See through the magic mirror of components

Introducing new ways we can play games is a craving most designers have. Zephyr Winds of Change is one of those games. Apparently using transparent cards used as character cards that can be overlaid other cards to apply different effects. In the game the top transparent card is you crew member and the bottom one is the fraction and this gives a 300+ number of combinations in the game.




different cards_original

Transparent cards is a super neat component that some remember being used in the loved card game Gloom. In gloom cards could be stacked and effects would show through – other cards could be placed on top to hide some effects underneath.


I haven’t fully dived into Zephyr’s rules but I could be concerned that this component is not utilised to it’s full potential in the game. That said I must admit the game sounds quite fun as a cooperative game of air captains in a mission based steampunk world. And the cards could be a fun addition to the game experience. The game should be available on TableTop simulator to be tried out before backing – but hurry it looks like they need all the help they can get at the moment.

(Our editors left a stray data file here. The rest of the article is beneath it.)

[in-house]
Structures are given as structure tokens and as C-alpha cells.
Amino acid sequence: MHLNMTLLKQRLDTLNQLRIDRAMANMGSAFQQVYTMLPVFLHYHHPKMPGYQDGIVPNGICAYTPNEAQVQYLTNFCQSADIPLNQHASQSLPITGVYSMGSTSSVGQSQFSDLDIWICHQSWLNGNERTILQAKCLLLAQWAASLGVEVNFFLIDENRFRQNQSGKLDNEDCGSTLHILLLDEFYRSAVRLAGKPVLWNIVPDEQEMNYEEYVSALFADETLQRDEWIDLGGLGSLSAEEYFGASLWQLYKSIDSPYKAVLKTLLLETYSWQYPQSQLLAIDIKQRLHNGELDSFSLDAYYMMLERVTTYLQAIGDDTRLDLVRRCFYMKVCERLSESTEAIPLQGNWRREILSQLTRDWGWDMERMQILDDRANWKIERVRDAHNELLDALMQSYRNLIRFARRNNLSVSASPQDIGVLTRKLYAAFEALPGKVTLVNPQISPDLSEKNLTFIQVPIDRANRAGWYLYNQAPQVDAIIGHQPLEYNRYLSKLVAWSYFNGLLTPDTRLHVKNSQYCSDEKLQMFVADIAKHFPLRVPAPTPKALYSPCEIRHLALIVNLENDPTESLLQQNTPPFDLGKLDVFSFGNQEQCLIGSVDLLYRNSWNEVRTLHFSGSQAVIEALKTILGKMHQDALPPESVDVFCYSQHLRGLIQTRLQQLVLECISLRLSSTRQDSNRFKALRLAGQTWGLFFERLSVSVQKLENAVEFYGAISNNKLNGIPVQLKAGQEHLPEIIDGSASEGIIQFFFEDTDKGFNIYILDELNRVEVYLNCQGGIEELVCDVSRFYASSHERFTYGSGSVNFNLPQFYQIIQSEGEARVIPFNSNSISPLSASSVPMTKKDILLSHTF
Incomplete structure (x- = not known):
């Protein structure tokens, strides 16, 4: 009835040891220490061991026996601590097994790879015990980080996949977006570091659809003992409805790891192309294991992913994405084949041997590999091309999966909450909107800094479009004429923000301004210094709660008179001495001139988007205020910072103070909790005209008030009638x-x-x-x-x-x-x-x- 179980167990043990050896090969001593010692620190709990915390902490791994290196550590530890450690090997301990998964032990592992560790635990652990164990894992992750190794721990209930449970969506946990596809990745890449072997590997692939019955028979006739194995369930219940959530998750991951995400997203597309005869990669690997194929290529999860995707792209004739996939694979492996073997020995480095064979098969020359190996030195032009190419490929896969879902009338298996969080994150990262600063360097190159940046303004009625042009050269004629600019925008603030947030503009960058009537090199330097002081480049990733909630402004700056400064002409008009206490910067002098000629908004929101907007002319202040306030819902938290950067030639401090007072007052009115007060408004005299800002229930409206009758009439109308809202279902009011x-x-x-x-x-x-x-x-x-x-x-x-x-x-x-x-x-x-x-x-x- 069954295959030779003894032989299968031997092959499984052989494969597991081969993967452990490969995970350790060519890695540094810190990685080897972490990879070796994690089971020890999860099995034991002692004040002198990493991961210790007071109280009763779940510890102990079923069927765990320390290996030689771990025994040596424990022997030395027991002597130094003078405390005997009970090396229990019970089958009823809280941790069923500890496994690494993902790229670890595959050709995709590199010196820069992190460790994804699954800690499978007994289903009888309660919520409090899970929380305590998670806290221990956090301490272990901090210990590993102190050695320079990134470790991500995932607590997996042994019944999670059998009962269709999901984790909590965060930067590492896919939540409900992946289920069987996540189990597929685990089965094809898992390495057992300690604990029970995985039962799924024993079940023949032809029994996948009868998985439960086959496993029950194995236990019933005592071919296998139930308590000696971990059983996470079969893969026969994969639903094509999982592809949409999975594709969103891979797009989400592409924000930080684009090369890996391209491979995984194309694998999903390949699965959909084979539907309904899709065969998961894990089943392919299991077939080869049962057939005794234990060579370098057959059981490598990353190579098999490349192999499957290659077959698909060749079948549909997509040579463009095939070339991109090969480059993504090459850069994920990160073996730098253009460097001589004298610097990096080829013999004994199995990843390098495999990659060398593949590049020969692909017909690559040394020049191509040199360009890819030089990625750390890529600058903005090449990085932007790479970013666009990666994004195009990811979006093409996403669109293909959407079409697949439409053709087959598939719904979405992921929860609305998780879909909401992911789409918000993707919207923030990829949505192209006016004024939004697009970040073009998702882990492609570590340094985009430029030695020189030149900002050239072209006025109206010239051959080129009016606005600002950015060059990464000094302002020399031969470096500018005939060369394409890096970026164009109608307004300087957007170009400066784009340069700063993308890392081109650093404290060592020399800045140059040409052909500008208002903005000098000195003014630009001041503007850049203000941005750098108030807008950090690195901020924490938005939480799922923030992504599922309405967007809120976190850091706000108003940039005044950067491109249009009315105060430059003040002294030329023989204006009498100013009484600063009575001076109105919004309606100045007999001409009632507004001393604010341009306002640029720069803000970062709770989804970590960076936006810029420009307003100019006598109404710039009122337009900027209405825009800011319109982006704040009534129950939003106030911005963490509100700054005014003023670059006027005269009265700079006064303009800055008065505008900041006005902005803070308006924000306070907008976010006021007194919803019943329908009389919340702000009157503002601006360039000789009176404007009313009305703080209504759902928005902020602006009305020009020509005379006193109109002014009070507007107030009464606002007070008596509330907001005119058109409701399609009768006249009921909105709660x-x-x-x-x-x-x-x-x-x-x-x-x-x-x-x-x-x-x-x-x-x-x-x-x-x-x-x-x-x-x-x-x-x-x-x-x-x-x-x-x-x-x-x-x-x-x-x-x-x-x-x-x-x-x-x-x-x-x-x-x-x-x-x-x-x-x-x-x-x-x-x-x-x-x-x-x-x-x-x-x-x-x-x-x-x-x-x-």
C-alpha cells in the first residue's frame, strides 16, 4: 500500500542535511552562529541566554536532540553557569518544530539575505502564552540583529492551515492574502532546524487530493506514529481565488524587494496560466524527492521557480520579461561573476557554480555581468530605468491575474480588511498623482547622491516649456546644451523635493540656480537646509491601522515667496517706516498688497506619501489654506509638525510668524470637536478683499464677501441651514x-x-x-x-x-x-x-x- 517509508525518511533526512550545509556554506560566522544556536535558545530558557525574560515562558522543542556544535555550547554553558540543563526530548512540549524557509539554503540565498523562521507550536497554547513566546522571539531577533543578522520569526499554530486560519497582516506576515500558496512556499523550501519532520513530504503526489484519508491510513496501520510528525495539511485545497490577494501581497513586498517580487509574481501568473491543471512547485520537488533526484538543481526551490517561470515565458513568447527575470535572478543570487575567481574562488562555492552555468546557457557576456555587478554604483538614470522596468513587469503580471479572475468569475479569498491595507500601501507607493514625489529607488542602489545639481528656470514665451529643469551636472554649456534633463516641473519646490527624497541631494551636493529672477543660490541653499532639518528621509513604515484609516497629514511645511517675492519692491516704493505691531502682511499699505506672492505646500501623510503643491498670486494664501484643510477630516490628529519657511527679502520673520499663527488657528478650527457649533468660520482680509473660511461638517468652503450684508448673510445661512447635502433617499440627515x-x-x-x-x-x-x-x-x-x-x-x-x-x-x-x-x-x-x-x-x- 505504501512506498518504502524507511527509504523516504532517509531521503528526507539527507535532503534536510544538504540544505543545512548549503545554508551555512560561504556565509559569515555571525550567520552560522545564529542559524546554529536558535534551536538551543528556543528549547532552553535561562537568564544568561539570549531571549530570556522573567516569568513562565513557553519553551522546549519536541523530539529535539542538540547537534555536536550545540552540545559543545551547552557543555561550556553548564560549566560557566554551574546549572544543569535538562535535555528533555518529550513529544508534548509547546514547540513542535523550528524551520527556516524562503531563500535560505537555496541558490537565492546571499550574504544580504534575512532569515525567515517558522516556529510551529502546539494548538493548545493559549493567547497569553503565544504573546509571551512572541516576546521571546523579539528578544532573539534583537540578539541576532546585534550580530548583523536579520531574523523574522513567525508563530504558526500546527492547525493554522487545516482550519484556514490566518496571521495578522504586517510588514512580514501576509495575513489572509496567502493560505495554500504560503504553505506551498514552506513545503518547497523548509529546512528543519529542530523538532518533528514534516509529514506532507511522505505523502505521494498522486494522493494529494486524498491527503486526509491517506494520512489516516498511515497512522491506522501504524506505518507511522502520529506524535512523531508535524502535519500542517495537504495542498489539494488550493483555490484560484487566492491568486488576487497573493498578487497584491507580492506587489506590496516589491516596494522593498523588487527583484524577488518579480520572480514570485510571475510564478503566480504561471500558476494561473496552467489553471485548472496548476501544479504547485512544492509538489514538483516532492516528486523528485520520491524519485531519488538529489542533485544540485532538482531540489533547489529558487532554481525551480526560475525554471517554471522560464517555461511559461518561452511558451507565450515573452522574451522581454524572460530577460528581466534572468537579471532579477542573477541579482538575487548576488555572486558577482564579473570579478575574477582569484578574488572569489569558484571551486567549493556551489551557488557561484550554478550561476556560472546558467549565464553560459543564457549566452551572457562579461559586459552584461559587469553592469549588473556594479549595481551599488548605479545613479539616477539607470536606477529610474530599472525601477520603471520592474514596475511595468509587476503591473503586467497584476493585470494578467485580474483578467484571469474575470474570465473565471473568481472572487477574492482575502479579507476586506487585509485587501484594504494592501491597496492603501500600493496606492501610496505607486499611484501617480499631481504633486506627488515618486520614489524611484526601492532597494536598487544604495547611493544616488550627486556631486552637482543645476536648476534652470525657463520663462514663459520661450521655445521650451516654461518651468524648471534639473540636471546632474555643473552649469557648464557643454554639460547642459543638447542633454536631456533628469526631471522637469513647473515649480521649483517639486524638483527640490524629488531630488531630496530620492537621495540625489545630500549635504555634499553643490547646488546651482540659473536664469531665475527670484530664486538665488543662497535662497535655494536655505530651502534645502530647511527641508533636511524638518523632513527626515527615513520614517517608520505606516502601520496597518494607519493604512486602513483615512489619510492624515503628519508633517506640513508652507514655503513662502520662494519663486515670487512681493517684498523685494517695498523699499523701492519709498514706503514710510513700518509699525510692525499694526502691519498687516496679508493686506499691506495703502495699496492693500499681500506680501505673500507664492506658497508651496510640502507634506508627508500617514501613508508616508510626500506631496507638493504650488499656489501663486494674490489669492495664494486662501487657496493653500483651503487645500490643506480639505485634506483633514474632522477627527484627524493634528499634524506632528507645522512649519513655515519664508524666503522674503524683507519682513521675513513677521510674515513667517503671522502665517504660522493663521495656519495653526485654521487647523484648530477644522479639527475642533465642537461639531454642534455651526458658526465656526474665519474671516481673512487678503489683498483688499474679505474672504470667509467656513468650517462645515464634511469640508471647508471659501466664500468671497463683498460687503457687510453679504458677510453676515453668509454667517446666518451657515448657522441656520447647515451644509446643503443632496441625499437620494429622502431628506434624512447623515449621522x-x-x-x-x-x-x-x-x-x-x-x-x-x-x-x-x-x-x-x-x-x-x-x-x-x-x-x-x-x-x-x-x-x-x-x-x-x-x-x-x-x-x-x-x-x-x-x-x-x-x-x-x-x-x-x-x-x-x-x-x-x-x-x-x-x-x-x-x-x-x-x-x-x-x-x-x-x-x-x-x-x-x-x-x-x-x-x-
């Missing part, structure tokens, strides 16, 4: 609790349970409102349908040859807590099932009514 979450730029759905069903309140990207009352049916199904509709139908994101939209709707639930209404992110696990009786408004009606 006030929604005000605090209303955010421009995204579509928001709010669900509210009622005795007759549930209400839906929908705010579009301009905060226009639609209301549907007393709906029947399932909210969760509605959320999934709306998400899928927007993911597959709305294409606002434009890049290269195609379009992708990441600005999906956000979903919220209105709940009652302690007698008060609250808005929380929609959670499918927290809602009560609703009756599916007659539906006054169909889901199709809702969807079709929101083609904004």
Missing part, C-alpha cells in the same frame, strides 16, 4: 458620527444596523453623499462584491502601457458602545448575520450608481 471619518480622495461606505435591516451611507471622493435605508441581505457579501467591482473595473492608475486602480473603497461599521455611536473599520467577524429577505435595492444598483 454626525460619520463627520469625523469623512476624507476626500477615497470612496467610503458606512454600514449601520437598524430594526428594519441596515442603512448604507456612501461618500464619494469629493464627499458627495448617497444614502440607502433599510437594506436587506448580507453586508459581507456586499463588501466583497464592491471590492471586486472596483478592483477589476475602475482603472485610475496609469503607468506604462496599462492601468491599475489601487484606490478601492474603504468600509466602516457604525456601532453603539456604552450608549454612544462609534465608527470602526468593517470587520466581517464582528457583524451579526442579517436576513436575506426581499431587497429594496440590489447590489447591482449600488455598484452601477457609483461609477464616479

The art of Zephyr Winds of Change is done by Jon Mietling and it is very detailed and elaborate. Apparently he use the software ArtFlow to create his works, which too me feels much like a soft and airbrushy style mixed with filt pens. His art is very dramatic and I think in combination with the rest of the interface and graphic design looks great – but lack some determinedness on its own.

Another game that use a new (to me anyway) type of component mechanic is Depths of Durangrar, a game by Jack Poon, where players play in the dark with only a small LED light on their player bases light a small portion of the board – while one player controls the monsters wearing night goggles :O Sounds neat eh.



by Hook

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